Pvt. Russell D. Simon
Pvt. Russell D. Simon was born
in 1917 in Ottawa County, Ohio, to Henry E. Simon
& Emma A. Simon. With his sister and five
brothers, he lived in Gypsum and Catawba Island
Township, Ottawa County, Ohio. He graduated
from Port Clinton High School in 1935. During this
time his father died. At some
point, he joined the Ohio National Guard's tank
company in Port Clinton, Ohio. All of his
brothers, but one, at some time, had been members of
the tank company.
In September 1940, Russell's tank company was designated C Company, 192nd Tank Battalion. On November 29, 1940, they left Port Clinton for one year of training at Fort Knox, Kentucky. It is not known what schooling he received at Ft. Knox. In the late summer of 1941, he took part in maneuvers at Camp Polk, Louisiana. After the maneuvers, the battalion did not return to Ft. Knox but remained behind at Camp Polk. It was there that the members of the battalion learned they were being sent overseas.
After the companies were brought up to strength with replacements for the men released from federal service, the battalion was equipped with new tanks and half-tracks. The battalion traveled over different railroad routes to Angel Island in San Francisco Bay.
On the island, the soldiers were inoculated and received physicals. Those who had minor medical issues were held back and scheduled to rejoin the battalion at a later date.
On Monday, December 1st, the tanks were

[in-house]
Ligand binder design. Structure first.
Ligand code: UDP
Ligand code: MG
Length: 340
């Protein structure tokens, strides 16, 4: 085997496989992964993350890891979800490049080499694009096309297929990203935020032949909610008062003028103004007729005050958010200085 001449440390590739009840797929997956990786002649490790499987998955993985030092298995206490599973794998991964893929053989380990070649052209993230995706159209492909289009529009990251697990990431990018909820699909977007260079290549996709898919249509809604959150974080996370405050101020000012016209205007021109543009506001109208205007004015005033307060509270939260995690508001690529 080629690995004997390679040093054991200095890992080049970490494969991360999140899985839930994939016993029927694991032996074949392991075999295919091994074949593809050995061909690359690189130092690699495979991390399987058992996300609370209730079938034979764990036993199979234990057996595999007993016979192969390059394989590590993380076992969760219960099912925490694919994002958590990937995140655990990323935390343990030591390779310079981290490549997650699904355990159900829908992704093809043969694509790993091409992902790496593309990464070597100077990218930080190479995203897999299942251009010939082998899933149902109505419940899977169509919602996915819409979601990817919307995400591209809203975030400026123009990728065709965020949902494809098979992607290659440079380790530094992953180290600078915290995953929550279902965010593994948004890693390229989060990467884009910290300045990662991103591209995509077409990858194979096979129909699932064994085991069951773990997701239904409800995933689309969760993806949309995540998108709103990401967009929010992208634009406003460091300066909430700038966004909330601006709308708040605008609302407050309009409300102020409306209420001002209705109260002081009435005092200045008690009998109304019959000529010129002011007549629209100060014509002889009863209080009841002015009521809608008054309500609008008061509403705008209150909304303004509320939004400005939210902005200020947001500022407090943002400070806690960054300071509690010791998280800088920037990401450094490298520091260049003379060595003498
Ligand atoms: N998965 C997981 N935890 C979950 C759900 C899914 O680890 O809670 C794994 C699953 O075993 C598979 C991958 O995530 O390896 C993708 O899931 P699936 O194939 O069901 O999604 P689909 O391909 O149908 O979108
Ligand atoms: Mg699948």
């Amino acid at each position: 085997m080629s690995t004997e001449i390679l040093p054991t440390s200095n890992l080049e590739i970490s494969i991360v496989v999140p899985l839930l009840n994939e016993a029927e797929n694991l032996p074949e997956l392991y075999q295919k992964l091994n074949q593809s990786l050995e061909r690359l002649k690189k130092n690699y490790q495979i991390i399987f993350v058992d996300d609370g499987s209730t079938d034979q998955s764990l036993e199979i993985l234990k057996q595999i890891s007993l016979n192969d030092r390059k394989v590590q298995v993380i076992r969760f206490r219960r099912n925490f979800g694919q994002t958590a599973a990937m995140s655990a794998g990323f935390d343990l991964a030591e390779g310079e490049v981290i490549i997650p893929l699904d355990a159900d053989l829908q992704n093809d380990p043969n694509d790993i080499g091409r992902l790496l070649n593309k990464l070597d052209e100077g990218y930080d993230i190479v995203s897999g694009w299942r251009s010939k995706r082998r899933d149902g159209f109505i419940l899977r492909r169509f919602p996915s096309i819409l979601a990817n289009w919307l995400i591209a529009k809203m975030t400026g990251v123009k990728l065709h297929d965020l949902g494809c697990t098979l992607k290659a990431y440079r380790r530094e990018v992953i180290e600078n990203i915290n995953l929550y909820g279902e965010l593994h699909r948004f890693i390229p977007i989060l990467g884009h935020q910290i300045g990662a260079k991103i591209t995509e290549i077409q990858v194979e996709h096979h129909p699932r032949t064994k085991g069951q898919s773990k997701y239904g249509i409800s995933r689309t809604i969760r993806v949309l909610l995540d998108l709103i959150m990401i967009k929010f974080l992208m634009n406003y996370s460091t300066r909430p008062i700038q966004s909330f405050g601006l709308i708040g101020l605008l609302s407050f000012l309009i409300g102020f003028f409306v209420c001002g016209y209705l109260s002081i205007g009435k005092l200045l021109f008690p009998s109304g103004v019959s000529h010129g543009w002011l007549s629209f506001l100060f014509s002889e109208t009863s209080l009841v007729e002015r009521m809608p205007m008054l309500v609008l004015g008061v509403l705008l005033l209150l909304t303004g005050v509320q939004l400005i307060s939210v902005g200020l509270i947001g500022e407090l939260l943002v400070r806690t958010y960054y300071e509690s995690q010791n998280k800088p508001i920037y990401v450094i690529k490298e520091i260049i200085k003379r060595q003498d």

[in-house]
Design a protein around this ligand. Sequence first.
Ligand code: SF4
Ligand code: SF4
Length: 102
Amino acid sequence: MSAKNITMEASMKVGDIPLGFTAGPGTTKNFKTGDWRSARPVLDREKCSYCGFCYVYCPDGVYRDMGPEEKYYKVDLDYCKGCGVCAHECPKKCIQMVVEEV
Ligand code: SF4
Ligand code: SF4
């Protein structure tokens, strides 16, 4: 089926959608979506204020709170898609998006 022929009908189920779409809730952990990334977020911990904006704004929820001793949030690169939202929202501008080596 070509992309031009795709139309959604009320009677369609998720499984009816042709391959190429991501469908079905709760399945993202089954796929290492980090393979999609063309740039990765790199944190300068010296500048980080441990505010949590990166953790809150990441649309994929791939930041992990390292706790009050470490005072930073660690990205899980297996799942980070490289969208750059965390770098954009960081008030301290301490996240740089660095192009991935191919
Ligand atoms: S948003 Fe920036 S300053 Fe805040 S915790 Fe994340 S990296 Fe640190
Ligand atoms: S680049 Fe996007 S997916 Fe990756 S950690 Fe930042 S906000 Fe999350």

ordered to the
Clark Field to
The 194th Tank
all times, two
every tank and
them by food
The morning of
ordered to the
news of the
As they sat on
At noon, every
The evening of April 8, 1942, Capt.
his men the
news of the
surrender. While informing the members
of the company
waved his arm
tanks and told
the men that
they would no
he spoke, his
He turned away
from the men
for a moment,
and when he
turned back he
He next told
should do to
that they all
He told the
that could be
used by the
The only thing
they were told
not to destroy
The men waited
juice for what
he called, "Their last supper."
As they prepared to die, a car pulled up and a Japanese officer got out of the car and spoke to the sergeant in charge of the detail. After talking to the sergeant, he got back in the car and drove off. The sergeant ordered the soldiers to lower their guns.
Later in the
day, the POWs were marched to a school yard in
Mariveles and again ordered to sit. Behind
them were Japanese artillery pieces. The
guns were firing on Corregidor and Ft. Drum.
When the two American strongholds began returning
fire, the prisoners found themselves in the line
of fire and shells
began landing around them. Five POWs who hid in an old brick
building were killed when it took a direct
hit. When the barrage ended, three if the four Japanese
guns had been destroyed.
There Russell was put into a small wooden boxcar and taken to Capas. The cars could hold forty men or eight horses, but the Japanese packed 100 men into each car and closed the doors. Those who died remained standing until the living climbed out of the cars, since they could not fall to the floors. From Capas, Russell walked the last ten miles to Camp O' Donnell.
was an unfinished Filipino training base that the
Japanese pressed into service as a Prisoner of War
camp. It turned out to be a death trap with
as many as fifty POWs dying each day. There
was only one working water faucet for the entire
camp. To get a drink, men stood in line for
days. Many died while waiting for a
drink. The death rate among the POWs was as
high as fifty men a day. Many POWs went out
on work details to get out of the camp.